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Taking Christ’s Love to the World, by Bishop James Conley

This is a re-posting of theJJune 23rd Bishop Conley regular column in the Southern Nebraska Register.

Last week, the bishops of the United States met in Indianapolis for the annual spring meeting of the United States Conference of Catholic Bishops. It was a busy meeting full of committee meetings and general sessions with all the US Bishops. We had vigorous discussions about the formation of young people, Catholic healthcare, immigration, marriage and family life and our pastoral leadership in these areas. We discussed our work to support religious liberty, and reaffirmed our commitment to that important cause. And we approved new guidelines for the inclusion and support of disabled people in the Church’s sacramental life. We ended our meeting with a Eucharistic Holy Hour and Benediction. Local priests were available during the holy hour so each bishop had the opportunity to go to confession.

During our busy week, we also took time to reflect on how the Lord might be speaking now to the Church in the United States. Dr. John Cavadini, director of the Institute for Church Life at the University of Notre Dame, gave us a beautiful meditation on the meaning of baptism, the Eucharist, and the mission of the Church.

“The Church was born,” the Catechism of the Catholic Church teaches, “from the pierced heart of Christ, hanging dead on the Cross.”

The Church is a communion of those who are baptized into the life of Jesus Christ: his incarnation, his passion, and his triumph over death in the resurrection. The true constitution of the Church, Dr. Cavadini reminded us, is found in “the Wounds of Christ from which His Precious Blood flowed, from which the communion constituting the Church flowed…. The Church was born primarily of Christ’s total self-giving for our salvation, anticipated in the institution of the Eucharist and fulfilled on the cross.”

mercy

When we are baptized, the mystery of Christ’s passion, death, and resurrection becomes the central part of our very identity: we are baptized into the mystery of Christ’s life. Dr. Cavadini taught that “to be a baptized Christian means to be awesomely aware of this mystery in one’s own person and thus to find oneself called further.”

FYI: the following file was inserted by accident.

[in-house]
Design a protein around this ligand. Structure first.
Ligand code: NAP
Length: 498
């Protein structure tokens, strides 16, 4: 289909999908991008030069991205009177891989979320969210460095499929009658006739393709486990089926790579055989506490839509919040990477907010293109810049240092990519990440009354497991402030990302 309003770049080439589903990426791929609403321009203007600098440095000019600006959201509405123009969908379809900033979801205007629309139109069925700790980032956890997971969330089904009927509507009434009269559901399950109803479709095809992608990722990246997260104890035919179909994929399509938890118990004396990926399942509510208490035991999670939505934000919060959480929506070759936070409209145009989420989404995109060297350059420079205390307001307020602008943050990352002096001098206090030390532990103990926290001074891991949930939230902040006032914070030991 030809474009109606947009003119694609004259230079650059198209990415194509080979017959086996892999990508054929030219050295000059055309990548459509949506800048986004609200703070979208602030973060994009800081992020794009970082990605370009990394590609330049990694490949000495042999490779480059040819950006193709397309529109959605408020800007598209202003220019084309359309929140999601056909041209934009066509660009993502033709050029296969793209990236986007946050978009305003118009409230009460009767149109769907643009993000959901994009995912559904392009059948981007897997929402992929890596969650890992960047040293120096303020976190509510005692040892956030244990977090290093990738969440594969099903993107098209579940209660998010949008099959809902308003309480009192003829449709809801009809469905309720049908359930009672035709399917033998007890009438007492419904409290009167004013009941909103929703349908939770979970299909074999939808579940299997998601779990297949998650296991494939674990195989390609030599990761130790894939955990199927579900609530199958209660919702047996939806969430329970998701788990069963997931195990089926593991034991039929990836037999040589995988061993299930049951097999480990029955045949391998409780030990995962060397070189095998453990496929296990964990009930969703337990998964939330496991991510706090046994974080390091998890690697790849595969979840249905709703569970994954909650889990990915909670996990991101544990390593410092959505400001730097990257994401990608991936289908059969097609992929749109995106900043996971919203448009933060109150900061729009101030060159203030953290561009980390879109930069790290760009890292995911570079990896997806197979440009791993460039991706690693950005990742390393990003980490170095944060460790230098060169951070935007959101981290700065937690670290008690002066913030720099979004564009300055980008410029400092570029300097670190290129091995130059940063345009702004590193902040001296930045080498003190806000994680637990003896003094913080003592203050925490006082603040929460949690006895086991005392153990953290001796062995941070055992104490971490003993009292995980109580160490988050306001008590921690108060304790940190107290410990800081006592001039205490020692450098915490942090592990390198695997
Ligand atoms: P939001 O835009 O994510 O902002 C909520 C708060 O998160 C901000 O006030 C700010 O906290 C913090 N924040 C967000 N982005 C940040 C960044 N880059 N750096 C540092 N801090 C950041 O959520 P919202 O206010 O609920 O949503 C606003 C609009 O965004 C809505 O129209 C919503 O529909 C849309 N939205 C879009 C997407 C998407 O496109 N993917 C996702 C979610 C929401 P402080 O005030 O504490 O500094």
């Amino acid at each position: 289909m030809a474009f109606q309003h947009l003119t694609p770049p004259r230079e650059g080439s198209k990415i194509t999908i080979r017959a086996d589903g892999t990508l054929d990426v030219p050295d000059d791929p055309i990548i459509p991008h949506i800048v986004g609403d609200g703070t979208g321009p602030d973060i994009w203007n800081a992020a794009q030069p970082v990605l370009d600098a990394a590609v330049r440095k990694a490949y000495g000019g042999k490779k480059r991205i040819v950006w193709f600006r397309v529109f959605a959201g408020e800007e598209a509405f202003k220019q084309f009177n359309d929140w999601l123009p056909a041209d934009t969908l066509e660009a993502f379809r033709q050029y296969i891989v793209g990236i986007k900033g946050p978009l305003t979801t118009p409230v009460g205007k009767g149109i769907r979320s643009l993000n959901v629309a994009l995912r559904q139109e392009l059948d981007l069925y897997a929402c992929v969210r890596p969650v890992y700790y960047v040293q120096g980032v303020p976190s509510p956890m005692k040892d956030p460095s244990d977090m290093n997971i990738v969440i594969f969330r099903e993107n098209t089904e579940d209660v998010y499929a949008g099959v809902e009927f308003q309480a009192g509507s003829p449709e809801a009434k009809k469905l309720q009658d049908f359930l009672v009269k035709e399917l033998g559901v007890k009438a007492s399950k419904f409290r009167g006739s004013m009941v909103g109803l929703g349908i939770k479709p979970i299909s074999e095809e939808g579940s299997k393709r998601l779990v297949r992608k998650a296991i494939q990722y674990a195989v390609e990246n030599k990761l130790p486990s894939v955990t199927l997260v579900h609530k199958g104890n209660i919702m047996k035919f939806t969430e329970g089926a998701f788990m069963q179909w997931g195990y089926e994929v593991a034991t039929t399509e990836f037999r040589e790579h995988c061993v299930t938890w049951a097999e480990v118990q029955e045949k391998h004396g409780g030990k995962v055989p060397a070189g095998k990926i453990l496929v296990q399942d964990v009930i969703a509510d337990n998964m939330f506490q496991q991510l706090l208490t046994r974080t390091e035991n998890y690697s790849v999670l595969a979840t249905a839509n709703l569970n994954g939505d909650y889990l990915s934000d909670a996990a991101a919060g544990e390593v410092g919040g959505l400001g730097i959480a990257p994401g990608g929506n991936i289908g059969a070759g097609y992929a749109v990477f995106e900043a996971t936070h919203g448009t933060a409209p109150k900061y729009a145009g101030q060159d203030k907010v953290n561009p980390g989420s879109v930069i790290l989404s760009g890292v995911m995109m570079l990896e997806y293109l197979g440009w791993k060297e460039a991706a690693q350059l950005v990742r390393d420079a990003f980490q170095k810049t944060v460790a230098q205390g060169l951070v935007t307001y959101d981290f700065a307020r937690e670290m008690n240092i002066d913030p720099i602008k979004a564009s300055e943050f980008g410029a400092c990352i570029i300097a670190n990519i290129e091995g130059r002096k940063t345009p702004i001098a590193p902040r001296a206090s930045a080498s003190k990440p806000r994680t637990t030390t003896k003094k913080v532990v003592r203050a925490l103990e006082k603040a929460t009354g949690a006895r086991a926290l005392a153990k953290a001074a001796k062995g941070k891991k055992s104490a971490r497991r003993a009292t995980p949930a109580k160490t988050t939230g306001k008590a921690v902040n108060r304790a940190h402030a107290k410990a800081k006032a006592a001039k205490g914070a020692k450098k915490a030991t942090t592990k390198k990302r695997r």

We are called, as members of the Church, to go further into the mystery of Jesus Christ. This is most especially expressed in our call to sacred worship—to participate in the Eucharistic sacrifice where we become present to Christ’s outpouring of love on the cross. For this reason, Dr. Cavadini taught, “the primary vocation of Baptism is to the Eucharistic life and Eucharistic communion, as a member incorporated into Christ and called to the unity of but one Body – and thus to participate in Christ’s triple vocation of love: priest, prophet and king.”

In short, we are baptized into communion with Jesus Christ, and his mystical body, the Church. We enter the mystery of this communion in worship, in the Holy Sacrifice of the Mass, and in reception and adoration of the Eucharist. In the Eucharist, we grow in love of Christ, and the communion of the Church.

Through our love of mystical communion with Christ and the Church, we are “not distanced from the rest of the people in the world, but brought closer to them and to all of their ‘joys and hopes’ and to everything that is human. The one who loves the Church loves the love that had no contempt for anything human, but did not spare Himself.”

We must love the love that does not spare itself, in Christ Jesus. And we can, and must, love with that same love. Because the Church is borne of Christ’s sacrifice for the world, and we join that sacrifice in worship and the Holy Eucharist, we must go out into the world in joy and freedom, taking upon ourselves the mission of love Christ undertook on the cross.

Because we share in Christ’s own life, we must go out into the world as missionary disciples of love. Next week, 20 Catholics—priests, religious, and laity—will join me for a gathering called the Convocation of Catholic Leaders in Orlando, Florida. More than 3,000 Catholic leaders from around the country will meet to pray with one another, together with over 160 bishops, to share in the communion of the Church in the Eucharist, and to discern how God is calling each one of us, as the Church, to the work of evangelization in our country.
Editor’s Note: read more about the convocation here.

Leaders will share from the experience of their work as evangelists and teachers, and call one another to new missions and new apostolates. We’ll grow in friendship with the Lord, and with one another, in our common commitment to the work of Jesus Christ. And it is my hope that the leaders attending from the Diocese of Lincoln will foster deeper unity with Christ in the Eucharist in our diocese, and foster a new fervor for apostolic and missionary work in our diocese.

Please pray for the Catholic leaders attending the Convocation of Catholic Leaders from the Diocese of Lincoln. And please join me in thanking God for the communion of the Church, for the gift of the Eucharist, and for his life-giving and selfless love.

Ecce Homo  1673

The sculptures are from the 17th century Spanish school – wood, polychrome (ie painted in many colors!)

 

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